DragBoardCo-CleanskinFinlessSoftboard-orangeBlack-
DragBoardCo-CleanskinFinlessSoftboard-orangeBlack-
Cleanskin Finless Softboard
Cleanskin Finless Softboard
Cleanskin Finless Softboard

Drag Board Co

Cleanskin Finless Softboard

Sale price$393.00
Or 4 payments of $98.25
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Colour:Black
Size:

Size

Quantity:
Pickup available at Natural Necessity Surf Shop Usually ready in 24 hours

Cleanskin Finless Softboard

Black / 7'0

Natural Necessity Surf Shop

Pickup available, usually ready in 24 hours

115 Fern Street
Gerringong NSW 2534
Australia

+61242341636

FEATURES

EPS Core

PE Deck with SPER sub deck compression reinforcement

Triple stringer

HDPE slick

No finbox

No training wheels included for max slide time

DIMENSIONS

Length

Width

Thick

Volume (L)

7'0

22

3.125

72.0L

CONSTRUCTION: EPS

EPS cores are commonly used in softboards, as they are highly waterproof and lightweight. Slicks on softboards are commonly made from a HDPE (high-density polyethylene plate), which is a durable and extra strong performance slick.

QUESTIONS

Not sure what size you should be riding? Check out our Volume Calculator, or get in touch today.
Have a question about the best fins, leash or tail pad to go with this board?

Or can’t find what you’re looking for?

Get in touch about a special/custom order today.

CONCERNS WITH SHIPPING?

If your board is damaged during transit simply send us a photo of the damage, a full front and back photo of the board within 24 hours of delivery, and we can offer to replace, repair or refund your order. For more information see our Shipping page.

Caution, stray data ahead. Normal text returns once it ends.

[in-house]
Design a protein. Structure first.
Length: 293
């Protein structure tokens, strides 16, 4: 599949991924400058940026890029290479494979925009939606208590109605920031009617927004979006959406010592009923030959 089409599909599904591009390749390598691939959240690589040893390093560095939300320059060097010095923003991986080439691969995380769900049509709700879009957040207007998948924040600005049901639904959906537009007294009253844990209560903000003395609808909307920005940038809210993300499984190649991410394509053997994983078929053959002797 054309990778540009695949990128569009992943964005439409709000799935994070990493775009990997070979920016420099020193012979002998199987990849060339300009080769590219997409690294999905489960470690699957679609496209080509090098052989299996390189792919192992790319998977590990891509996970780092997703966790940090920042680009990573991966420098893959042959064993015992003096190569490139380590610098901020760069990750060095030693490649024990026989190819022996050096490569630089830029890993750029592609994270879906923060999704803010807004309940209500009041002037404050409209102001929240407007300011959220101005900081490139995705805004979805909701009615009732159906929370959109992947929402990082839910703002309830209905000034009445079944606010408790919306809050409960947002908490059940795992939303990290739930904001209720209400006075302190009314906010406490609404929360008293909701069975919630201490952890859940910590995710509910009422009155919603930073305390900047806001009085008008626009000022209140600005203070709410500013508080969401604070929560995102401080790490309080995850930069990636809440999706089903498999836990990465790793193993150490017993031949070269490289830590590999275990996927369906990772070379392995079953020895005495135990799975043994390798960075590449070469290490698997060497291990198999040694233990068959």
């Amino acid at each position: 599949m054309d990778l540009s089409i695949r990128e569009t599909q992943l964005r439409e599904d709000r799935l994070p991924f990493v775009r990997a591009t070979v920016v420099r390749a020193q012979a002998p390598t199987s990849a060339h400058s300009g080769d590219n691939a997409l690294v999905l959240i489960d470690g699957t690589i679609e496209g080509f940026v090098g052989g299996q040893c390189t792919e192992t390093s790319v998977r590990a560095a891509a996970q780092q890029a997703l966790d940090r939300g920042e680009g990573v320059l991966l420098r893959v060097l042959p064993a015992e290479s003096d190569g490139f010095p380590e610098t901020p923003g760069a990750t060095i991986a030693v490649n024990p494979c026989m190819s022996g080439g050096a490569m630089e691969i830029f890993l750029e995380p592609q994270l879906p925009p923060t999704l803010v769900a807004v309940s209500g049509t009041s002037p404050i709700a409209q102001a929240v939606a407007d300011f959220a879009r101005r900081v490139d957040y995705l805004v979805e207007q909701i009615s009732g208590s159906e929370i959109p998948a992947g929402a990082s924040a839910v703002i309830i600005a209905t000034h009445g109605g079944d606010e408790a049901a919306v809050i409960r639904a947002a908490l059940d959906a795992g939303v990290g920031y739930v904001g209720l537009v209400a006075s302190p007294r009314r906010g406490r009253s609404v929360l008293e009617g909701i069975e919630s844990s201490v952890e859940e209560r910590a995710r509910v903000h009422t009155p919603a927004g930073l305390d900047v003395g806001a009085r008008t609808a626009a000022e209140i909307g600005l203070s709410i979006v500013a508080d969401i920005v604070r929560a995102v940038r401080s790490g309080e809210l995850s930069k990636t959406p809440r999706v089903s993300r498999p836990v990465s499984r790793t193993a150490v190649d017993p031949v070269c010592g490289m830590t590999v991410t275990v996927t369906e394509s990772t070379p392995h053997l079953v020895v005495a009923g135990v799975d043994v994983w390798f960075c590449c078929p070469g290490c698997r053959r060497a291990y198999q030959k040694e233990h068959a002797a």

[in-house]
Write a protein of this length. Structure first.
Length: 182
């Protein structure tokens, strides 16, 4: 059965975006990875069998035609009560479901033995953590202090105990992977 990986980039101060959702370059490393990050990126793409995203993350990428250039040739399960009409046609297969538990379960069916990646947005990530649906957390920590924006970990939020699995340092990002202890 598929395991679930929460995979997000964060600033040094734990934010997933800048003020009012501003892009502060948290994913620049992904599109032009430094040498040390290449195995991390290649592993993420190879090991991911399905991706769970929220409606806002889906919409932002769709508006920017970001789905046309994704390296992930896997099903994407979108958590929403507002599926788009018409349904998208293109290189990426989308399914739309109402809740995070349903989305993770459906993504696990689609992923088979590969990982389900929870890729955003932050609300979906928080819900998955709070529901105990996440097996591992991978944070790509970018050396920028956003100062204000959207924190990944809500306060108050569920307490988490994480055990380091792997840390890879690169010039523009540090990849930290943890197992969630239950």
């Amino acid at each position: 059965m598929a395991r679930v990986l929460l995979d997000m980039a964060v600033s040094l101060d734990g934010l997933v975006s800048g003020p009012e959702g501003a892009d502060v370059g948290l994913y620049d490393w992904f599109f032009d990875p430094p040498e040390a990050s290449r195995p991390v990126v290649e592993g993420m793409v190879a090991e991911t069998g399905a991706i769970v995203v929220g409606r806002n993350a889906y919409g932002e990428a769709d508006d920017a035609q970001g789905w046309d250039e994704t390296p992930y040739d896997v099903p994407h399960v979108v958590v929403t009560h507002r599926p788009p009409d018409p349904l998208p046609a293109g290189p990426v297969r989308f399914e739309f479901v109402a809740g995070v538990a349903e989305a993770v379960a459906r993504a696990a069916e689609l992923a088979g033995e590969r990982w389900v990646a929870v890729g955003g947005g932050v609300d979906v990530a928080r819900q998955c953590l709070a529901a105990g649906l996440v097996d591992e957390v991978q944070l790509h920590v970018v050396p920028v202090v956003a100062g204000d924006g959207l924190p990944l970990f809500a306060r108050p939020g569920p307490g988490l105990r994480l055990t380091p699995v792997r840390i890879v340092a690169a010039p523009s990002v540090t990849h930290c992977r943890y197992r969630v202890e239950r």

ABOUT THE BRAND

Drag came out of nowhere, and by nowhere, I mean the industrial estate just north of Wollongong, which in the grand scheme of things is precisely nowhere. Australian surf culture, and the brands that both funded and reflected it, was once a bastion of larrikinism and authenticity, but as with all things, once they grew and the money got serious, they—almost without exception—sold up, sold out, and lost touch with the culture that spawned them. Brands like Mambo, Hot Tuna, and countless others either went the way of the dodo, or ended up shadows of their whacked-out, brilliant, former selves, sitting on the shelves with a whole lot of other tatt made in south-east Asia at stores like Big W. With the renaissance of Australiana that’s been sweeping the country in the last five years, Australian surfing was crying out for something that it could be proud of. And it came, from all places, a bodyboarding brand from an obscure piece of coast an hour and a half south of Sydney.